In the first major trading and markets initiative under SEC Chairman Jay Clayton, on March 14, 2018, the SEC proposed to establish a transaction fee pilot program to study the effects of maker-taker fee structures. A pilot study was initially recommended by the SEC’s Equity Market Structure Advisory Committee in 2016, and the Treasury Department also expressed support for such an initiative in last year’s report on capital markets regulation (see our previous blog post). The outcome of this study could lead to further regulation or even elimination of these fee arrangements.

The maker-taker model is a predominant fee model in the U.S. equities market where a trading center pays its broker-dealer participants a per share rebate to provide (i.e., “make”) liquidity in securities and assesses the other side of the trade a fee to remove (i.e., “take”) liquidity. Under this structure, trading centers typically realize revenue from the difference between the fee paid by the “taker” of liquidity and the rebate paid to the provider or “maker” of liquidity. The SEC currently regulates exchange access fees. Rule 610(c) under Regulation NMS imposes a $0.0030 per share cap to prevent high access fees from undermining Regulation NMS’s price protection and linkage requirements. Some market participants have expressed concerns that this fee cap has artificially pegged exchange fees at this rate, with most of the fee funding taker rebates, while market forces and technological advances have otherwise sharply driven down transaction fees.

The proposed pilot is intended to investigate the implications of the maker-taker model on order routing behavior, execution quality and market quality, as well as whether such fee structures create conflicts of interest for broker-dealers, who have a duty to pursue the best execution of their customers’ orders.

The pilot would apply to all equities exchanges, but not to options exchanges or ATSs or other non-exchange trading centers. A chart highlighting the other key terms of the proposed pilot is provided below. Under the pilot, exchanges would have to publicly post various statistics and other information on their public websites. As proposed, the pilot would establish three “Test Groups” and a “Control Group.” Each Test Group will consist of 1,000 stocks, and will be subject to specific fee constraints, as described below.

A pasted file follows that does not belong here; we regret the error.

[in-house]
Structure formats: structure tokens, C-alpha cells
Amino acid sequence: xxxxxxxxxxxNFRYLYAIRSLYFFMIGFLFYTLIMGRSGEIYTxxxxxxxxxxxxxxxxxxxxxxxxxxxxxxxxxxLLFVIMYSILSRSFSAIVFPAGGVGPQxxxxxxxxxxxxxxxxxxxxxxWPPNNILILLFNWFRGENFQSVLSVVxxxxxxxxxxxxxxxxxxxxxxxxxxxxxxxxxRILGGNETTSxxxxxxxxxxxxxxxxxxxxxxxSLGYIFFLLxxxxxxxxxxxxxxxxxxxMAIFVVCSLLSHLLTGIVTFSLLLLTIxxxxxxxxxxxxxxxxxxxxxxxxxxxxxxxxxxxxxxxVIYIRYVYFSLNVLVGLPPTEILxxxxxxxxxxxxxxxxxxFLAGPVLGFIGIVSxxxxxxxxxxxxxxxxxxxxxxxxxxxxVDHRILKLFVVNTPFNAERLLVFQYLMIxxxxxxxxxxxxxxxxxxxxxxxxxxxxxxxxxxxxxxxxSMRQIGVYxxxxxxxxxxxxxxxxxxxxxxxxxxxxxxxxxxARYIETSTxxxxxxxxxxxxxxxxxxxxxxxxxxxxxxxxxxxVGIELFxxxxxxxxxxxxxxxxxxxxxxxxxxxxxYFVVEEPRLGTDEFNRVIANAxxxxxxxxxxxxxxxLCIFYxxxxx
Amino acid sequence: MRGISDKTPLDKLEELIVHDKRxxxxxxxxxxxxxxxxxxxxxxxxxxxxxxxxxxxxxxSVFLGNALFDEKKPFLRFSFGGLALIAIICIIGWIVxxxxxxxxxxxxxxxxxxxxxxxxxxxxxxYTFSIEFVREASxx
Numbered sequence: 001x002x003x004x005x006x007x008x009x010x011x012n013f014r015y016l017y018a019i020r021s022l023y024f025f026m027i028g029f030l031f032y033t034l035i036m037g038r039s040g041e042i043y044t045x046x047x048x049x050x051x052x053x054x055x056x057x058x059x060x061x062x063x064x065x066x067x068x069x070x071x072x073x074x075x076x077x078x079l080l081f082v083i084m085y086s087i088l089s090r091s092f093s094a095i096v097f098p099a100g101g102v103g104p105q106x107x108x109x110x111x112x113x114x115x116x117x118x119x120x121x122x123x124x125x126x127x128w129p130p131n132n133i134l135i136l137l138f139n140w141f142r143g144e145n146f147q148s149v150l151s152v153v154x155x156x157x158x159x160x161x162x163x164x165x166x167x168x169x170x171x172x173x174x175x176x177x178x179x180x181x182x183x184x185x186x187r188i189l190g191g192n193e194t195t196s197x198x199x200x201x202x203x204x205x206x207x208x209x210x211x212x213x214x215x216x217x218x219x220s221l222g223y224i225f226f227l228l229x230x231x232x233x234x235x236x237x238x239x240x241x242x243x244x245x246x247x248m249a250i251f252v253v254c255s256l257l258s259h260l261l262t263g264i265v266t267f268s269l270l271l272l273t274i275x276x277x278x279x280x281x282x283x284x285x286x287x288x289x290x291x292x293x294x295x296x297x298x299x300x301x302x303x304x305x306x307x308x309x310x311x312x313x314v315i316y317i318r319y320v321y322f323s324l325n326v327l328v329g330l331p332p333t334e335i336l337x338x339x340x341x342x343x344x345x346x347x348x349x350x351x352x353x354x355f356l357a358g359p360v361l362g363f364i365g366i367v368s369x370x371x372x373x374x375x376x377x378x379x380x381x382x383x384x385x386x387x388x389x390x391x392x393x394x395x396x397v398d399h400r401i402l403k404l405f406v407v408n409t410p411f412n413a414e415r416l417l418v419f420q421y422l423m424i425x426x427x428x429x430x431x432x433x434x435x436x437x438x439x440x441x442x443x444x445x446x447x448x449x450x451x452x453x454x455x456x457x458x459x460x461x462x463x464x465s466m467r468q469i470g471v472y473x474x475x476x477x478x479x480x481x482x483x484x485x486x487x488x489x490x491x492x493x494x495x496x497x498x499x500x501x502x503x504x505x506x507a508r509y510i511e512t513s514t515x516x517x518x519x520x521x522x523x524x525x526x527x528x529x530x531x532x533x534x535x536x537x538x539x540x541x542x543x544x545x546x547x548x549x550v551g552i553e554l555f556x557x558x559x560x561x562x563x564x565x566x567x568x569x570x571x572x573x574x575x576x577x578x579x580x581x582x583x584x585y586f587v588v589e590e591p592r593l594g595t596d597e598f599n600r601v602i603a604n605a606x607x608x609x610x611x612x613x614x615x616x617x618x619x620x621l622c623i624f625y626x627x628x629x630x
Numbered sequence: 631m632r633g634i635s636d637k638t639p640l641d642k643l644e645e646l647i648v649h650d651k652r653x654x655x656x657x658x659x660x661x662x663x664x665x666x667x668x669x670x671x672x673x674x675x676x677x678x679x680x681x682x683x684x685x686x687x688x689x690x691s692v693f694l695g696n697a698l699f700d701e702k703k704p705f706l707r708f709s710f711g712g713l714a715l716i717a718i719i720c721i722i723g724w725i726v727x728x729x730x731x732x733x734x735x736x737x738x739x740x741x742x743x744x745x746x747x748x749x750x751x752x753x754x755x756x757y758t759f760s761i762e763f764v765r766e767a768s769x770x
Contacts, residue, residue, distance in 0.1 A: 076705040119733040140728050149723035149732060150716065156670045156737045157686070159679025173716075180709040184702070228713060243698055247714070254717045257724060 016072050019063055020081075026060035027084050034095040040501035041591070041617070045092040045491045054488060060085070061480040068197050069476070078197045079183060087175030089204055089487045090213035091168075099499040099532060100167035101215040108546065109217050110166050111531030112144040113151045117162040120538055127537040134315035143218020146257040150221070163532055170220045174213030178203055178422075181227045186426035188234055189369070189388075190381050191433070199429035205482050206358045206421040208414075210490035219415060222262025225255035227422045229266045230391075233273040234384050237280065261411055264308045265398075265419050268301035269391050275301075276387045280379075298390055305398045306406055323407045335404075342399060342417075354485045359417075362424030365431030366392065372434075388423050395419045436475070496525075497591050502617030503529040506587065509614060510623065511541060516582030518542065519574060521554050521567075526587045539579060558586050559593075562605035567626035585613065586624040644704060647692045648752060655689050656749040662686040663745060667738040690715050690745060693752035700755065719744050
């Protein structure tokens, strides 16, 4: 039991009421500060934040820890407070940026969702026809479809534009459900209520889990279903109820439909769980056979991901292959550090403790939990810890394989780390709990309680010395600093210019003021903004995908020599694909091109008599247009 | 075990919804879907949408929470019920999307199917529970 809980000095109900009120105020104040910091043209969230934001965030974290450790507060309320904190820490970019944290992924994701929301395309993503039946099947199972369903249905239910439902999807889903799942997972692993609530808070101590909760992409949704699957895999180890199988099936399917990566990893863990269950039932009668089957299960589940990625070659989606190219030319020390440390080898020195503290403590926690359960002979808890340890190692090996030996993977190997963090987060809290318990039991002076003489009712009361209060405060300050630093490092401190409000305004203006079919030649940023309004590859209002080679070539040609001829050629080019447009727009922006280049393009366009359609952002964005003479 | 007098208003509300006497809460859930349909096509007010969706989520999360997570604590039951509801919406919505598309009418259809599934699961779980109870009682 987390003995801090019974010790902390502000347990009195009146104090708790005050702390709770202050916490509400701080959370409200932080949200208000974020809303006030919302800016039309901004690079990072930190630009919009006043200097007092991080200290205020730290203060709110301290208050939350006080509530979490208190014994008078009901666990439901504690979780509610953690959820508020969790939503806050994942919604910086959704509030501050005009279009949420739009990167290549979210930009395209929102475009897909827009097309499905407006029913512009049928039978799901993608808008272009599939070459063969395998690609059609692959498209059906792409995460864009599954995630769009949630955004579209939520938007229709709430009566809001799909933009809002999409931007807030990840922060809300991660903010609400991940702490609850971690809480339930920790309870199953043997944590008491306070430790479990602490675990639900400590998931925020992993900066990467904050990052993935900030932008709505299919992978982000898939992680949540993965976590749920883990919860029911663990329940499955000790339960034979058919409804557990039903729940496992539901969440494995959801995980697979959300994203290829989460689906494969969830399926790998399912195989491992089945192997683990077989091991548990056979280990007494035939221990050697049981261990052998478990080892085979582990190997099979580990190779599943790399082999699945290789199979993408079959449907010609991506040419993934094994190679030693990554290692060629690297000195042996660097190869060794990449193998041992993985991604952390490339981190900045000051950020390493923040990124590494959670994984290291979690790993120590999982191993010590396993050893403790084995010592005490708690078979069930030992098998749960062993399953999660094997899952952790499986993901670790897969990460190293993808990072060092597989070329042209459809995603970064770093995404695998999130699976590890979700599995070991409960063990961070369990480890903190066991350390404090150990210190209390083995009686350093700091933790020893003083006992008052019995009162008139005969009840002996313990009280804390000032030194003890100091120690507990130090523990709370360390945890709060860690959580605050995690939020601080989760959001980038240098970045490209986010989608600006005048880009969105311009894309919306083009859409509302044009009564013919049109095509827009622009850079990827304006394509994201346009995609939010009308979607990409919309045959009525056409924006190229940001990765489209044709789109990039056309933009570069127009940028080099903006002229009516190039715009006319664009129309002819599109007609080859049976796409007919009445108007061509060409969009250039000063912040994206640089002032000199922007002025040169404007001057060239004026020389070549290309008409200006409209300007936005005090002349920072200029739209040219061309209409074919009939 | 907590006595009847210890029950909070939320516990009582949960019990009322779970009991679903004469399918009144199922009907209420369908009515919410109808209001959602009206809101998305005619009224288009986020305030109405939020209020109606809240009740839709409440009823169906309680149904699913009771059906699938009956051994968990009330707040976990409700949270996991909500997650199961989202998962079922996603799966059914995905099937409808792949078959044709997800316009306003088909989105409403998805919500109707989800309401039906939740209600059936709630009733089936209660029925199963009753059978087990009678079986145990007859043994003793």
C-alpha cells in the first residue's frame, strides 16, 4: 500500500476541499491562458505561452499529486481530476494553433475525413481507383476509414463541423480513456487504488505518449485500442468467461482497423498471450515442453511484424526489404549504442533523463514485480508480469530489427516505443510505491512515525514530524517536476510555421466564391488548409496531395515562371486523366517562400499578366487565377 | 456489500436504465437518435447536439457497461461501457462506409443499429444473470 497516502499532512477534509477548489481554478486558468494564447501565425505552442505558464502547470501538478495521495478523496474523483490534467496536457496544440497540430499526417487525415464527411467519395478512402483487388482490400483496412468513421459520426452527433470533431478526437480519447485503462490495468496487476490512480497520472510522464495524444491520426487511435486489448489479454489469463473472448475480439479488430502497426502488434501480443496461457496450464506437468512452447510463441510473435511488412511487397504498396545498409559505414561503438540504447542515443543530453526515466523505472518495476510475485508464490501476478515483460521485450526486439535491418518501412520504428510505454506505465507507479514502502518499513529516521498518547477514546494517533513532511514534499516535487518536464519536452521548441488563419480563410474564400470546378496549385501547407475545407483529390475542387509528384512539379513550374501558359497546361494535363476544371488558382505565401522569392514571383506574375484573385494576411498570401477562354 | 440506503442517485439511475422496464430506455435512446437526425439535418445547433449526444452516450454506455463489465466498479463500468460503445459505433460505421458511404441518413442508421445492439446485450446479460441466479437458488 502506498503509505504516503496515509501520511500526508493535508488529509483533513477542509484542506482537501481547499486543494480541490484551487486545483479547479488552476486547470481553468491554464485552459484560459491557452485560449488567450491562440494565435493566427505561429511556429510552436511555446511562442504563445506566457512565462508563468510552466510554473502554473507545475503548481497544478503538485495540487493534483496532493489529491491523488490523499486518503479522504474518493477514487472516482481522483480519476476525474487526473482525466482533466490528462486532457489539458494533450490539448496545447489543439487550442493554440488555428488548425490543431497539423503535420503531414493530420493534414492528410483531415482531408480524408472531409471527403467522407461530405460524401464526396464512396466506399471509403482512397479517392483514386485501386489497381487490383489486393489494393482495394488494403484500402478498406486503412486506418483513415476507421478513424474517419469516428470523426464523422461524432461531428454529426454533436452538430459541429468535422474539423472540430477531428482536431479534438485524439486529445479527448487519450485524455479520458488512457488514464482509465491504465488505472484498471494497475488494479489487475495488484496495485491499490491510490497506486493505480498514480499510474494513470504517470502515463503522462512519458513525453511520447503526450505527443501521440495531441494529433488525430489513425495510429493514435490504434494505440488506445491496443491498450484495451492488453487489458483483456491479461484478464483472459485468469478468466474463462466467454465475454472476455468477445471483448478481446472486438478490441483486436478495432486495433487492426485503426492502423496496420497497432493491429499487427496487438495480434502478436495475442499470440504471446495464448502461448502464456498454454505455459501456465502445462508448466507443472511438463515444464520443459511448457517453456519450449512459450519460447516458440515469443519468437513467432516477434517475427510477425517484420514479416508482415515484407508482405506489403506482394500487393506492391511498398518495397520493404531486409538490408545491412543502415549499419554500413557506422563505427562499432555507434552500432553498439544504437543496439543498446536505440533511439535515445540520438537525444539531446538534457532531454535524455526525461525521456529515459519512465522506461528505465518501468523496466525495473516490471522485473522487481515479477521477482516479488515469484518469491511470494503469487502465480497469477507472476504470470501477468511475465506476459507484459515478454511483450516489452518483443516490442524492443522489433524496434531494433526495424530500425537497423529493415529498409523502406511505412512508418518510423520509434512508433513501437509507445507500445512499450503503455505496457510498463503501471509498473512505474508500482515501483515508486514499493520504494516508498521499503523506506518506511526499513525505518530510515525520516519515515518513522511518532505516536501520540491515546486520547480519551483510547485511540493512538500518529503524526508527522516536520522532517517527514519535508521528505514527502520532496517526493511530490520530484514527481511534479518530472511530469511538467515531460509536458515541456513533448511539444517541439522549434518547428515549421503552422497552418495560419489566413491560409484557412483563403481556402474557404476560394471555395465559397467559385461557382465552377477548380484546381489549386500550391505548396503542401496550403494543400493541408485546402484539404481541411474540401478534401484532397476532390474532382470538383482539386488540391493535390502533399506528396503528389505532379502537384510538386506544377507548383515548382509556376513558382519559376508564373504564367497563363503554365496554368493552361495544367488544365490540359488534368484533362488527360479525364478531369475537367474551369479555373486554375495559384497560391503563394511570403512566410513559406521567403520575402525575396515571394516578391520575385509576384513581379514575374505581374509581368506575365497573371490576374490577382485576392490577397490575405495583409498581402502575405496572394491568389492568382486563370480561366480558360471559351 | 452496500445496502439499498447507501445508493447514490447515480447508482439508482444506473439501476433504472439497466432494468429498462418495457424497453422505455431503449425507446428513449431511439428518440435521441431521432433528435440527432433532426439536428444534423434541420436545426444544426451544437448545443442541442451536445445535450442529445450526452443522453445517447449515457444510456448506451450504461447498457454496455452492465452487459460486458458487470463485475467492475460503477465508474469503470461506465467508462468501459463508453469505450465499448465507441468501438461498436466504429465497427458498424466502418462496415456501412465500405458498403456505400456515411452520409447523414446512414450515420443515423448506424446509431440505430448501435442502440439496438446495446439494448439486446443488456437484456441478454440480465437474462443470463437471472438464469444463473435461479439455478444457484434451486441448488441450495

The pilot, if launched, will last for two years, with an automatic sunset at the end of the first year unless the SEC issues a notice extending it for another year and will also have a six-month pre-pilot and a six month post-pilot period. The pre-pilot period is intended to gather data to help establish a baseline against which to assess the effects of the proposed pilot, and the post-pilot program is intended to help assess any post-pilot effects following the conclusion of the proposed pilot. The SEC is requesting comments on all aspects relating to the scope and structure of the pilot program, and has provided a 60-day comment period. The pilot structure could be modified or scrapped altogether based on the comments received.

This pilot would provide the SEC with data which could inform future regulatory actions, including potentially limiting maker-taker fee structures. While the elimination of maker-taker models could potentially benefit investors by ameliorating a possible conflict that may affect brokers’ order routing decisions, it would likely upend the competitive landscape for exchanges and the significant incentive they offer to liquidity providers.

Outline of the Proposed Transaction Fee Pilot
Securities in Scope NMS stocks with share price ≥ $2 per share that do not close below $1 per share during the proposed pilot, and that have an unlimited duration or a duration beyond the end of the post-pilot period
Pilot Design Test Group 1 (1,000 NMS stocks) $0.0015 fee cap for removing and providing displayed liquidity (no cap on rebates)
Test Group 2 (1,000 NMS stocks) $0.0005 fee cap for removing and providing displayed liquidity (no cap on rebates)
Test Group 3 (1,000 NMS stocks) Rebates and Linked Pricing Prohibited for removing and providing displayed and undisplayed liquidity (Rule 610(c)’s $0.0030 cap continues to apply to fees for removing displayed liquidity)
Control Group (Remaining Eligible NMS Stocks) Rule 610(c)’s cap continues to apply to fees for removing displayed liquidity (no cap on rebates)

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